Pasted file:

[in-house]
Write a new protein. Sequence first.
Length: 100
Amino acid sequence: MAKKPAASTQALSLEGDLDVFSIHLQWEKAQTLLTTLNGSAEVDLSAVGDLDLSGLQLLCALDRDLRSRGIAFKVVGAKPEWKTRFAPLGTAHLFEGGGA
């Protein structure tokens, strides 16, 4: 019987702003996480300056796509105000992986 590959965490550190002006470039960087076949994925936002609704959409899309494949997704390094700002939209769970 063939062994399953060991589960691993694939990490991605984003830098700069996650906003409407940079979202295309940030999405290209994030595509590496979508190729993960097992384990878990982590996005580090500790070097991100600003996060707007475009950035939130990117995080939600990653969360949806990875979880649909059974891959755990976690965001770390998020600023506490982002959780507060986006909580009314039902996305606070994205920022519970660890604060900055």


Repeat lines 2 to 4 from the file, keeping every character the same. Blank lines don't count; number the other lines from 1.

Write a new protein. Sequence first.
Length: 100
Amino acid sequence: MAKKPAASTQALSLEGDLDVFSIHLQWEKAQTLLTTLNGSAEVDLSAVGDLDLSGLQLLCALDRDLRSRGIAFKVVGAKPEWKTRFAPLGTAHLFEGGGA